Some Important Facts About “Vitamin K” That You Need to Know

Have you ever read about vitamin K? It is a vitamin that is essential for the bones and blood. As produced by intestinal bacteria, it rarely lacks our body. Yet it is found in foods such as spinach and other green leafy vegetables. Symptom of its deficiency is the calcification of the cartilage and poor wound healing.

There are three common types of this vitamin, namely vitamin K1 (phylloquinone) – is obtained from plants, vitamin K2 (menaquinone) – produced by intestinal bacteria, and vitamin K3 (menadione, fitomenadion), which is produced synthetically and is not found in nature. The presence of vitamin K1 and K2 is found in the tissues of animals and humans.

Vitamin K activates proteins involved in blood clotting and prevents calcification of the arteries and tissues, strengthens the bones and is responsible for cellular processes.

Eat spinach in combination with oil

K-vitamin is fat soluble (lipophilic), which means that it is very much bound to the fat. A good source of vitamin K is cooked spinach. If we eat it along with oil, the body will absorb 20 percent of the K-vitamin. However, vitamin K is not absorbed from raw spinach.

It is not necessary that the body derives vitamin K only from food, as is also produced by using bacteria in the intestines. How much vitamin K is produced in such a way it has not yet been studied well enough.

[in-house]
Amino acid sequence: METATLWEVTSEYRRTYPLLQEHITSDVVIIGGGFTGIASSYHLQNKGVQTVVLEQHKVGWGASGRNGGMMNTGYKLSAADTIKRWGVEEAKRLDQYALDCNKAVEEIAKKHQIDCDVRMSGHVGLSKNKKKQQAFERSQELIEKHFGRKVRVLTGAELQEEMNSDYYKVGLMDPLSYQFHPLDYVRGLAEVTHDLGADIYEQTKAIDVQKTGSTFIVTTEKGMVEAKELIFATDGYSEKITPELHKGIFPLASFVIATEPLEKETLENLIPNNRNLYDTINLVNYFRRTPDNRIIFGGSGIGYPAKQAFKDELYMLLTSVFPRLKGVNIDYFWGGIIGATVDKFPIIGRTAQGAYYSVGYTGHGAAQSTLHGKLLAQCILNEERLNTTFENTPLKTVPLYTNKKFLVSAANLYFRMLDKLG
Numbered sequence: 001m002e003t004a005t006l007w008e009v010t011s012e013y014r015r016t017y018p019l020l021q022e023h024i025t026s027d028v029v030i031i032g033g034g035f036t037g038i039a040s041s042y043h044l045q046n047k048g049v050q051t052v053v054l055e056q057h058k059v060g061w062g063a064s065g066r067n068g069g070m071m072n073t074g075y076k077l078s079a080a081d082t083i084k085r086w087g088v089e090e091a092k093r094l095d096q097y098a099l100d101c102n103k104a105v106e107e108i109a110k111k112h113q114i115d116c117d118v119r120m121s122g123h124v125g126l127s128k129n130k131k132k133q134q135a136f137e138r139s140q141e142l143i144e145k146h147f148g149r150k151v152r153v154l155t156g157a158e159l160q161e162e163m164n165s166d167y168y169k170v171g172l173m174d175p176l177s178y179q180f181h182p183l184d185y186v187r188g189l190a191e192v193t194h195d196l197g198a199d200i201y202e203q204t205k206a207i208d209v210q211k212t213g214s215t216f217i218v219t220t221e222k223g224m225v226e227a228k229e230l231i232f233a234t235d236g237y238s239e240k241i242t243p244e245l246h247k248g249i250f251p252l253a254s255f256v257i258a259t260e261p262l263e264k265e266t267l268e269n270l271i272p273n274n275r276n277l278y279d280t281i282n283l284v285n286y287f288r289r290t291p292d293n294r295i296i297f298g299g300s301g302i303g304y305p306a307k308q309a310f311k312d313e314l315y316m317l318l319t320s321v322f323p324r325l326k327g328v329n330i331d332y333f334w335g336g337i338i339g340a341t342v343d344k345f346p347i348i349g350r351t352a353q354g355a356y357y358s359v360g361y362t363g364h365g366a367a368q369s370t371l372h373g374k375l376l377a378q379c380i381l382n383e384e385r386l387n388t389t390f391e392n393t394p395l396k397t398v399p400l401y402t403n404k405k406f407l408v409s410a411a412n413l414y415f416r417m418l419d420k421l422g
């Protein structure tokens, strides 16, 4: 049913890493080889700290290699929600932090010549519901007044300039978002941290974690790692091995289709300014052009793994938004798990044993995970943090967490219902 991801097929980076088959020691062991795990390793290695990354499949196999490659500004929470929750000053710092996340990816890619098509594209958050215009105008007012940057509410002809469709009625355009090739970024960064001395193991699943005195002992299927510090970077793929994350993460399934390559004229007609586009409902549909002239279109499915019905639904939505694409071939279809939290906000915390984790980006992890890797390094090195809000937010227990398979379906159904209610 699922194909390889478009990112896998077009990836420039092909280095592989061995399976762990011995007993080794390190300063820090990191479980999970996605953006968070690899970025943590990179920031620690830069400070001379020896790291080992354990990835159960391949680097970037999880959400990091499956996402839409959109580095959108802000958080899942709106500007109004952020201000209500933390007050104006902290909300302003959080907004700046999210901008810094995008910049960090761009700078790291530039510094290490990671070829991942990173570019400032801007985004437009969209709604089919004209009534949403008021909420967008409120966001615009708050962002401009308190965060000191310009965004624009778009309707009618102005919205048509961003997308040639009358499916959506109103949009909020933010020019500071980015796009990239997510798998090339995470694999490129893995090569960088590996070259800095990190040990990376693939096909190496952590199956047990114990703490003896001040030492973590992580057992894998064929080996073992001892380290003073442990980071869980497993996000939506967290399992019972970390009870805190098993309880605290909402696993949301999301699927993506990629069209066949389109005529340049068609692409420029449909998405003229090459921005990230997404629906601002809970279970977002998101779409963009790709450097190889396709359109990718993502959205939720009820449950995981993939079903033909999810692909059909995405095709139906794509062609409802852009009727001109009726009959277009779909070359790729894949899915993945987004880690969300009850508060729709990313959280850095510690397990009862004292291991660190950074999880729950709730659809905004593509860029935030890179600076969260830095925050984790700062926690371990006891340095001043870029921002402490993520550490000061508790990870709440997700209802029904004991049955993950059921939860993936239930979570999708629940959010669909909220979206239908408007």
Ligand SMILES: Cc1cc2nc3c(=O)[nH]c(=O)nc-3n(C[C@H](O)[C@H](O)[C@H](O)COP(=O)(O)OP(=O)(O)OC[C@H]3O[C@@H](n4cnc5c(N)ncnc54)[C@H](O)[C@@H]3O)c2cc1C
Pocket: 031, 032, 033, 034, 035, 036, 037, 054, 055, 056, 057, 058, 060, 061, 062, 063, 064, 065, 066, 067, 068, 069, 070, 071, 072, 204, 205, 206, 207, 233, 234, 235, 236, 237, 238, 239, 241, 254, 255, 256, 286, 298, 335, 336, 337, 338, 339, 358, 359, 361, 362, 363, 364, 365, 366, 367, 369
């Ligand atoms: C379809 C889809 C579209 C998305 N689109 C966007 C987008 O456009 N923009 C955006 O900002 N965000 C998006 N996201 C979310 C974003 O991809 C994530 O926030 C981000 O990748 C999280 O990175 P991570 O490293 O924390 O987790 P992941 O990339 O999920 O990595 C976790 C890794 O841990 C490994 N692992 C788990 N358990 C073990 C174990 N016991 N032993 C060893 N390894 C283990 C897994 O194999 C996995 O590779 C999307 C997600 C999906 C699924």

Lack of vitamin K – dangerous for babies

Since breast milk contains little of this vitamin thereof the lack may affects newborns. In case of shortage of vitamin K it can lead to hemorrhage (including brain). After the birth, it is therefore advisable to take supplement of vitamin K as prevention.

What about the vitamin K deficiency in adults?

If the intake of vitamin K is too low in adults it can lead to calcification of the arteries, osteoporosis and deterioration of cognitive functions. Even clotting time is extended.

Many foods contain vitamin K, in very high volumes, and therefore normal balanced diet cover the needs for this vitamin. Most of it is found in green leafy vegetables and liver, meat and dairy products do not contain it much. Vitamin K is not sensitive to oxygen and heat treatment – so that is maintained in the cooked food. It is degradable only when exposed to daylight.

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